The week before last I had a phone call from the Symphony Manager of the orchestra my daughter is a part of. Her son and two friends had entered an Eisteddfod competition and the cellist had just pulled out due to sickness. She asked if Miss 17 could play in his place – the only thing was the competition was the next day. Miss M had never participated in an Eisteddfod and hadn’t ever played the piece they had chosen, a Beethoven arrangement for piano, violin and cello. Much to my surprise my daughter said that if she could have the music emailed that day and have a practice with the others sometime beforehand then she’d do it.
We organised a practice that evening for about an hour and a half and then turned up the next evening for the event, ‘An Open Age Chamber Ensemble’ and they received a ‘Highly Recommended’ certificate. So what has this got to do with Charlotte Mason & high school? Well, I’ve noticed over the years with all my kids going through high school, especially the upper years of it, that so many of their friends dropped out of activities such as music and other commitments to pour all their energy into academics. The be all and end all is getting into a certain degree if they possibly can, and everything else takes a back seat to that end. I’ve had friends say to me that in high school they never did anything related to daily life & domestics as their mothers thought that their schooling was more important. Reading for pleasure (or without having to dissect it to bits) was unheard of for many of them, and when looking after a home, motherhood, financial budgeting etc. came later on they were totally unprepared and unready.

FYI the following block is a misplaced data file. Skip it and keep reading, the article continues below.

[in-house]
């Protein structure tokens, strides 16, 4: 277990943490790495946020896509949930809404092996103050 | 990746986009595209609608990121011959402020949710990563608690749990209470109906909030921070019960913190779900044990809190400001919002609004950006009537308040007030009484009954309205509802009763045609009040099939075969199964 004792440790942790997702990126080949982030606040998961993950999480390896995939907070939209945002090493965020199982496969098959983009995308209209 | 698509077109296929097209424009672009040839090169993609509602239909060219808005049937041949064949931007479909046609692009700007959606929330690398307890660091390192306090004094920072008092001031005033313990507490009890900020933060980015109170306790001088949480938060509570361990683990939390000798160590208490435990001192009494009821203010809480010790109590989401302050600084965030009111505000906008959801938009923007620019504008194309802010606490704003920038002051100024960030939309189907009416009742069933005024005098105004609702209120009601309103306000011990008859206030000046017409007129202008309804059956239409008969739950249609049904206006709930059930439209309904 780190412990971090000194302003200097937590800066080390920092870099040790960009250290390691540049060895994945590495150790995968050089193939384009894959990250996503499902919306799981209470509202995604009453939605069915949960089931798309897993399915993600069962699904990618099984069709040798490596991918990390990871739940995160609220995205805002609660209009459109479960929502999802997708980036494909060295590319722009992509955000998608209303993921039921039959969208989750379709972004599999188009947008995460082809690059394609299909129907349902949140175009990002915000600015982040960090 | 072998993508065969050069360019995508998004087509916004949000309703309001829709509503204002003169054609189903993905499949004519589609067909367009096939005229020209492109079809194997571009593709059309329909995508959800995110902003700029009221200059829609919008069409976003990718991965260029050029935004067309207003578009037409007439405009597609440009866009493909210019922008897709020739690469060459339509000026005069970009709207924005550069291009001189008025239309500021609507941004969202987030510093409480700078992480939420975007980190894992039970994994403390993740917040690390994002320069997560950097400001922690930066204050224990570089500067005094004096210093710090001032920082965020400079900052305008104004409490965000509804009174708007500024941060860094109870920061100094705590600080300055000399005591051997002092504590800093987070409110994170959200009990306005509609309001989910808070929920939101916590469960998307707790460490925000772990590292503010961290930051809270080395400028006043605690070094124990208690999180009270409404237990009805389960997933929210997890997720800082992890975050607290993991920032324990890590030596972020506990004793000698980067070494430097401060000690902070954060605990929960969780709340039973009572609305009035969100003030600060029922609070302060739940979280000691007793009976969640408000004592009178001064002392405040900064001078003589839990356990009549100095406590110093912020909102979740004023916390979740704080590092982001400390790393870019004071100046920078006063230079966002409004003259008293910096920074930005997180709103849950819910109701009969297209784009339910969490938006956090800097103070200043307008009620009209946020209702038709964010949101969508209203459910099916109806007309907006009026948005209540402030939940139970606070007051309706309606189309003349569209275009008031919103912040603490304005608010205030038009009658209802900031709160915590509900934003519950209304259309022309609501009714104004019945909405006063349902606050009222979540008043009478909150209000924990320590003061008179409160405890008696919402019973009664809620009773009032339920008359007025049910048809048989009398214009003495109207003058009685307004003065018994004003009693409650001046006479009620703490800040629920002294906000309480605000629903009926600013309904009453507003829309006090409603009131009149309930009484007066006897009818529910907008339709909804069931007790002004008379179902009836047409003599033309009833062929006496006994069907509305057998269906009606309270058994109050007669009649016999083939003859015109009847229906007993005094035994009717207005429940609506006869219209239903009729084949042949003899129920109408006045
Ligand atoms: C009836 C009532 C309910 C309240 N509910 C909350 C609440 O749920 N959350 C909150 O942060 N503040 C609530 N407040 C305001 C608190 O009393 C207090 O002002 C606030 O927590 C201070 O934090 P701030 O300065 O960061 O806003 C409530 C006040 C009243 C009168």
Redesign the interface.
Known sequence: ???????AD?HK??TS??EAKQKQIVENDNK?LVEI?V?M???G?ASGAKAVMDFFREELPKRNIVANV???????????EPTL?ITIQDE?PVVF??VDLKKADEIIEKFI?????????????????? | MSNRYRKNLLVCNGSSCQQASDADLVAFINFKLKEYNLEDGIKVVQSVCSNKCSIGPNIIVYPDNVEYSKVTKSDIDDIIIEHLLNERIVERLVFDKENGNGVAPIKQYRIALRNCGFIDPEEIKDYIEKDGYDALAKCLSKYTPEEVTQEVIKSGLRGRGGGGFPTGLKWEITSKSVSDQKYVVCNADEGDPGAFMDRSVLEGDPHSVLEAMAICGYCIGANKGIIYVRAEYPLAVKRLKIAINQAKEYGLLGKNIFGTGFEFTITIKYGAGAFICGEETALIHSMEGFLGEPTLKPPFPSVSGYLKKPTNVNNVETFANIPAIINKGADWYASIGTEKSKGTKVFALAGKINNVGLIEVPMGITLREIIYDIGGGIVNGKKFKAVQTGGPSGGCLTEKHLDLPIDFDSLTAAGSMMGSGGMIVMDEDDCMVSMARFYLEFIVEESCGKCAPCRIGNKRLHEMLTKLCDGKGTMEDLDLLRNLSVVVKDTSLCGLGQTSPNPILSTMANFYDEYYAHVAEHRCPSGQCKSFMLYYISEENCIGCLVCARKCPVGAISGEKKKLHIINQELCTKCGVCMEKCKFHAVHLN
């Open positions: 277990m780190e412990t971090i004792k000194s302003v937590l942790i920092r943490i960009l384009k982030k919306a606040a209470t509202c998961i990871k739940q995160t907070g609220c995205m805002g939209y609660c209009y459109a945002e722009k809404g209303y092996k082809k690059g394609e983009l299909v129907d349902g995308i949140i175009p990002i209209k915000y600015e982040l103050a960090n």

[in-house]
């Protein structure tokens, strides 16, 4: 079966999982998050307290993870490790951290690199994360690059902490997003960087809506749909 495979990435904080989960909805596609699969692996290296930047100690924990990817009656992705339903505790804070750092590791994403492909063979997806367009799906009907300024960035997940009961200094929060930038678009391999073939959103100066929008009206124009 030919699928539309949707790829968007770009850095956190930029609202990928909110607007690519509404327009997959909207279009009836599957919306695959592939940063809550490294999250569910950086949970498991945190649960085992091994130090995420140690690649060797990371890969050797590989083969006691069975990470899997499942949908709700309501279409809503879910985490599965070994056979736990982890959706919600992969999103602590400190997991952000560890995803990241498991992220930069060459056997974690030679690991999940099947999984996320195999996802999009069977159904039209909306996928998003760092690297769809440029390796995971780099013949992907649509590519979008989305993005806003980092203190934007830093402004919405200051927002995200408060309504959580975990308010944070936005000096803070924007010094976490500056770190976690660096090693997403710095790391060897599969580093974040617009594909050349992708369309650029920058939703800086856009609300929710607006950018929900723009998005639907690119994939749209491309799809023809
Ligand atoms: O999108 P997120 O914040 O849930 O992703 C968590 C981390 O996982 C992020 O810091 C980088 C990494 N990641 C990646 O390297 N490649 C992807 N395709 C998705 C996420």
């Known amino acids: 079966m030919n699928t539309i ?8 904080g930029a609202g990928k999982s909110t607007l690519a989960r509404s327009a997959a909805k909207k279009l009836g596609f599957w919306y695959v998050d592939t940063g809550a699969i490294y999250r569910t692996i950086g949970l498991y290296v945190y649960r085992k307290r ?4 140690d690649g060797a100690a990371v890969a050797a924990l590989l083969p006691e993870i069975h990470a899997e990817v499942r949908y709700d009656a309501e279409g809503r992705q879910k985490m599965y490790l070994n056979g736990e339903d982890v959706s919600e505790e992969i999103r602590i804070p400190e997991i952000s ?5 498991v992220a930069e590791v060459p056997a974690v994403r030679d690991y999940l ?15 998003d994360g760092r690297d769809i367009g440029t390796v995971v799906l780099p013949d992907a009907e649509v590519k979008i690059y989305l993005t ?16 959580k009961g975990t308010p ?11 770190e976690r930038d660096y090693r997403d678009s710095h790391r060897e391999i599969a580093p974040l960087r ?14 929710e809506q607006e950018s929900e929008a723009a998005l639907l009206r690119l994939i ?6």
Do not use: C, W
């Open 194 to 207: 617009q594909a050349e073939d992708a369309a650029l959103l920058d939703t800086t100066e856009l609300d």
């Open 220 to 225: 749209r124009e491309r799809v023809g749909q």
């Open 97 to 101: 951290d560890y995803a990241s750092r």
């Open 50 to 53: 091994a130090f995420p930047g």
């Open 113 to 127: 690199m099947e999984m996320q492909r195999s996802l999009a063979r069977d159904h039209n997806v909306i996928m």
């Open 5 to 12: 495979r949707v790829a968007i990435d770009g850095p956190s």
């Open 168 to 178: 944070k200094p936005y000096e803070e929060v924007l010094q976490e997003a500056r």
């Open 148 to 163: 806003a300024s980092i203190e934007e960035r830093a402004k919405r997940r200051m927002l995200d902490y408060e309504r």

High school devoured most of their time and crowded out the less tangible. It allowed them no margin to do anything spontaneous. Making time for handicrafts, nature study, quiet contemplation, folksongs, life skills, learning a musical instrument or reading just for enjoyment, is just as important to our high school aged children as preparation for university. They need to be prepared for life and they need to flourish.
We continue to look our two grandsons, aged 3 and 18 months, every Tuesday at our place. While the littlest is having an afternoon sleep, Missy & I take the three year old for a bush walk. Yesterday we took him to a new spot. He’s a little Trojan and keeps up a good pace.
Aunty & nephew
Last week we met them at a National Park nearby with their Mum and another friend and took them on a walk there. We saw some Black Cockatoos and an Eastern Whipbird – a bird we hear but don’t often see.
Another activity we do with the boys when we look after them is baking and sometimes painting – I should say that my daughter does those things with them. I read to them or get out my guitar and we sing some songs & my husband, who mostly works from home, often takes the eldest outside to help with things in the garden or other small jobs.
Missy & I have been doing some sewing this week. I decided to make a needle & scissor holder out of necessity. I carry bits of sewing around with me and keep getting stabbed by needles poking through my handbag. Missy decided she’d make a needle holder also. I’ve put links to the tutorials/instructions for each of them below but we didn’t follow them exactly. They are quite fiddly so M decided to increase the size of her hexagons. For the main linen piece she used a two and a half inch hexagon and for the flower a half-inch size. I’d use a bigger size for a younger child.
Books for interest and enjoyment – there are some books that I’d like my daughter to read as part of her ‘home school work’ but I’ve decided that it wasn’t necessary for her to narrate. I suppose they are classed as ‘free reads’ but I still consider them as part of her schedule. ‘Darwin’s Black Box’ by Michael Behe and ‘The Case for Christ’ by Lee Strobel are a couple in this category.
Just for pleasure reads include:
The Other Bennet Sister by Janice Hadlow – ‘a good read but a bit sad at first.’
Airs Above the Ground by Mary Stewart – a favourite author at the moment. She started Stewart’s Merlin series but prefers the author’s other romantic suspense books.
Various books by Australian author Jackie French and whatever she can find of Louis L’Amour, usually on Kindle.